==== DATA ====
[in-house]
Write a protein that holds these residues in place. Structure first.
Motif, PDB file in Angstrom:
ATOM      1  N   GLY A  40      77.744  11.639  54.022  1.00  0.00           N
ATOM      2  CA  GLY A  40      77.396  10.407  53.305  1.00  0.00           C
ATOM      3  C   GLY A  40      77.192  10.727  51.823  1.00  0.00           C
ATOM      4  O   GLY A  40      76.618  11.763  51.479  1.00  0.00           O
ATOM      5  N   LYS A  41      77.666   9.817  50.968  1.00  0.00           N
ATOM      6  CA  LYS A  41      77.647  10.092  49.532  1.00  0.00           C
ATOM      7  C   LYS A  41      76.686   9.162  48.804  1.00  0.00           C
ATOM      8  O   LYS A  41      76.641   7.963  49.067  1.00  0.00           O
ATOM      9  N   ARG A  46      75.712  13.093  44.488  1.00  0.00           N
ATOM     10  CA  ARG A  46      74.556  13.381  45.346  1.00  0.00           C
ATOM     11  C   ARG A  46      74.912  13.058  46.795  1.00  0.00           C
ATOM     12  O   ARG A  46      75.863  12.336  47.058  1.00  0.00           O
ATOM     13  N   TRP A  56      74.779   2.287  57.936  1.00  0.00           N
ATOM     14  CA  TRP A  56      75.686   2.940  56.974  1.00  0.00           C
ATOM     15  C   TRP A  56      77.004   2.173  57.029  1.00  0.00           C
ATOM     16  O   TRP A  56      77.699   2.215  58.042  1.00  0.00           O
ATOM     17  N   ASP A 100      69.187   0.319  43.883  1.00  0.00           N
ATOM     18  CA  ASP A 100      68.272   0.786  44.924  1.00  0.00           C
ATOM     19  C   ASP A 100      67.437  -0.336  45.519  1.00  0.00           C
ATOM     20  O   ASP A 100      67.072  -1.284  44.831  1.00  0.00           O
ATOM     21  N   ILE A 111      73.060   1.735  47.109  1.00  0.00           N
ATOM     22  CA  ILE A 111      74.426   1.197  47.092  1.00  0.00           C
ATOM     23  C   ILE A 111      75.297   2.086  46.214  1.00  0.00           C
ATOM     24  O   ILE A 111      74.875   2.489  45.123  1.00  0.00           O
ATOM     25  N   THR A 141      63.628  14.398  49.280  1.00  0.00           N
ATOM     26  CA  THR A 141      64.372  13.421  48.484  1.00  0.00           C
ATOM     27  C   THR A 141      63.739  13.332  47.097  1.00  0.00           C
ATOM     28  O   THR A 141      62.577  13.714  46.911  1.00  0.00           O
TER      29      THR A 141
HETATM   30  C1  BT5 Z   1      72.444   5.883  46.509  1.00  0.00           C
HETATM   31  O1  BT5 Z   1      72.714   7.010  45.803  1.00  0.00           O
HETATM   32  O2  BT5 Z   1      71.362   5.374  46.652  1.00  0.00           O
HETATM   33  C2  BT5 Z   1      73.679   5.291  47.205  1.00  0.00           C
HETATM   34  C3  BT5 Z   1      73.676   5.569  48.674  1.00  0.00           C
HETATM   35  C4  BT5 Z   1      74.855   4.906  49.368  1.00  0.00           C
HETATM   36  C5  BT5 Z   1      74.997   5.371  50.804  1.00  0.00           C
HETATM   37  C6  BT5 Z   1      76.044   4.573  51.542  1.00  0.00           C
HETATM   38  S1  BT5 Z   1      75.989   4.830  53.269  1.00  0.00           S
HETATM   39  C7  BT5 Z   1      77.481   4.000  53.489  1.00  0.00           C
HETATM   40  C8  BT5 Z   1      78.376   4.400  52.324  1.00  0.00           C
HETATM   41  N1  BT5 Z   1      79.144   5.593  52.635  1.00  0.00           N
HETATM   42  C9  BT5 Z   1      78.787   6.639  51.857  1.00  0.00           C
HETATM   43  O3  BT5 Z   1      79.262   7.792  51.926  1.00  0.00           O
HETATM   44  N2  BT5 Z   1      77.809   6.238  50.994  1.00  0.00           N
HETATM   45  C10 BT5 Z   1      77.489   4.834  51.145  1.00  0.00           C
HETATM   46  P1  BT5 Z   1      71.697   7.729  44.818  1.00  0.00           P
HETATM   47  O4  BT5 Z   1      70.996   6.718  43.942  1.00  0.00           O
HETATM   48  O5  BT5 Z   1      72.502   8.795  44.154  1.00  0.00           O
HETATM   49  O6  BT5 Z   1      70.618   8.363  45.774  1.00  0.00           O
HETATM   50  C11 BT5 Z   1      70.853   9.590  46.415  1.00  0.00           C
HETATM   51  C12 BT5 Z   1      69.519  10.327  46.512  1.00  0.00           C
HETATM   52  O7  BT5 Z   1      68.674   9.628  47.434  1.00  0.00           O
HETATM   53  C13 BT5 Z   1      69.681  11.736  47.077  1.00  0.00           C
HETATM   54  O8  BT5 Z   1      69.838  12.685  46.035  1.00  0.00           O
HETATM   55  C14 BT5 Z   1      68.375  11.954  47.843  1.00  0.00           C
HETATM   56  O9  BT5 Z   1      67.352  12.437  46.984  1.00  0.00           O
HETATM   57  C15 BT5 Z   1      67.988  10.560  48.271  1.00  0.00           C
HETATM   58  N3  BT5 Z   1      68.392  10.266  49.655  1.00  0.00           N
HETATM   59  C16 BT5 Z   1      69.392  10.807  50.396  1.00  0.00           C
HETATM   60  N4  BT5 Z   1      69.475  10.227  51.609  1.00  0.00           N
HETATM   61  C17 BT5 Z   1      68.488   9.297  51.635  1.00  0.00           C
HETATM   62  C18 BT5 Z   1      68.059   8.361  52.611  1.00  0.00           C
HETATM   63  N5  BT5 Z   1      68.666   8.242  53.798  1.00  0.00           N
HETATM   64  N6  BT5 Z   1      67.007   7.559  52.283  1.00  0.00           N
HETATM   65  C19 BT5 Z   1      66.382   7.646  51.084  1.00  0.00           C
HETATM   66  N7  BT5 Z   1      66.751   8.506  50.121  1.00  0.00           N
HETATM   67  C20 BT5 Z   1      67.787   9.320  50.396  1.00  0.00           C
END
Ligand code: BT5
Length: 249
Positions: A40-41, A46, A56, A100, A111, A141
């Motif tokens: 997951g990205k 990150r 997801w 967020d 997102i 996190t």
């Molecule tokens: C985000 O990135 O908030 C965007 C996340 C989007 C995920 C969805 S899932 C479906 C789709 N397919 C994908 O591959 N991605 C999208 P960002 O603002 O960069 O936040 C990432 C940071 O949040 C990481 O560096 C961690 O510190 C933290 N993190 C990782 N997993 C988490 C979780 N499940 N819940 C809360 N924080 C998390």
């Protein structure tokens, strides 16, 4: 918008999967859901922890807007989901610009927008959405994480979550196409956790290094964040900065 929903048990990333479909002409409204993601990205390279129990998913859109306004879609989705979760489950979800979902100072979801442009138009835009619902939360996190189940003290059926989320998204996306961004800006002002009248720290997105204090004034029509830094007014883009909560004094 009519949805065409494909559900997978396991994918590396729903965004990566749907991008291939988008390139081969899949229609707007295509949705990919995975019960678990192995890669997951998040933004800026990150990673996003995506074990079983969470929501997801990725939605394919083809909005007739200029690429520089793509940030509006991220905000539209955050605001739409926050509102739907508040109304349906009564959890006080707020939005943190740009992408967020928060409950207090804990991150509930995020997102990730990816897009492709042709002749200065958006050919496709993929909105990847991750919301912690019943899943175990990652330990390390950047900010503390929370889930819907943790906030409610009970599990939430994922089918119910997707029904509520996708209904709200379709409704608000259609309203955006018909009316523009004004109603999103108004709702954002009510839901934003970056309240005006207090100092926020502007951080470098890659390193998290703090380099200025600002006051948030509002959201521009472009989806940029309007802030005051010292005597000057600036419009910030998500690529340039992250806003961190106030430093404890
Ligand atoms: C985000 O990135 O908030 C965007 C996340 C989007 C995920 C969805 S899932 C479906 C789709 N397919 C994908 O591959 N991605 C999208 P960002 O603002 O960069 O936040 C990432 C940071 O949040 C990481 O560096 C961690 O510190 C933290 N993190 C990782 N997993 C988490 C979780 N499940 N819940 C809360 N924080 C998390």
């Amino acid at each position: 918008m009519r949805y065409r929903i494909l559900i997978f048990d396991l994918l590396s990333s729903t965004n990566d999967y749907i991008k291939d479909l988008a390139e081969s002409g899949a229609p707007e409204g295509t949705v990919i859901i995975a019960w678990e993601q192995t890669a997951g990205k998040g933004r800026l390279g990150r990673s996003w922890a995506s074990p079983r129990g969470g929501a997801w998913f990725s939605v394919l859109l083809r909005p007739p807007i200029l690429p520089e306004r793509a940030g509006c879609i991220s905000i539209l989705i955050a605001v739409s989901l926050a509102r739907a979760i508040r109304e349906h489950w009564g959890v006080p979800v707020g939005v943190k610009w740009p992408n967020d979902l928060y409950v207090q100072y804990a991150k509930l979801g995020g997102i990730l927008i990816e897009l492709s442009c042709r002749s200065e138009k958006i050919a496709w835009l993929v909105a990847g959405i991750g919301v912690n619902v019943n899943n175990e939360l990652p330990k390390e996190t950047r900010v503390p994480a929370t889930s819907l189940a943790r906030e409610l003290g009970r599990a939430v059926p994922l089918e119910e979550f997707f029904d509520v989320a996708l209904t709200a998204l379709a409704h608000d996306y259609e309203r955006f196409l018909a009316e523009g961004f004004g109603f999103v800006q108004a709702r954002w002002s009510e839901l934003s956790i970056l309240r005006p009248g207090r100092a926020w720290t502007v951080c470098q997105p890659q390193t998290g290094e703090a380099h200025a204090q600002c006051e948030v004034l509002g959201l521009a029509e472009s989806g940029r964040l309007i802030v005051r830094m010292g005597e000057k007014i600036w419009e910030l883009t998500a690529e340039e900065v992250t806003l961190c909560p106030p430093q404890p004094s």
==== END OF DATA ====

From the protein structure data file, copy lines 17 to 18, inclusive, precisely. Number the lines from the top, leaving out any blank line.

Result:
ATOM     14  CA  TRP A  56      75.686   2.940  56.974  1.00  0.00           C
ATOM     15  C   TRP A  56      77.004   2.173  57.029  1.00  0.00           C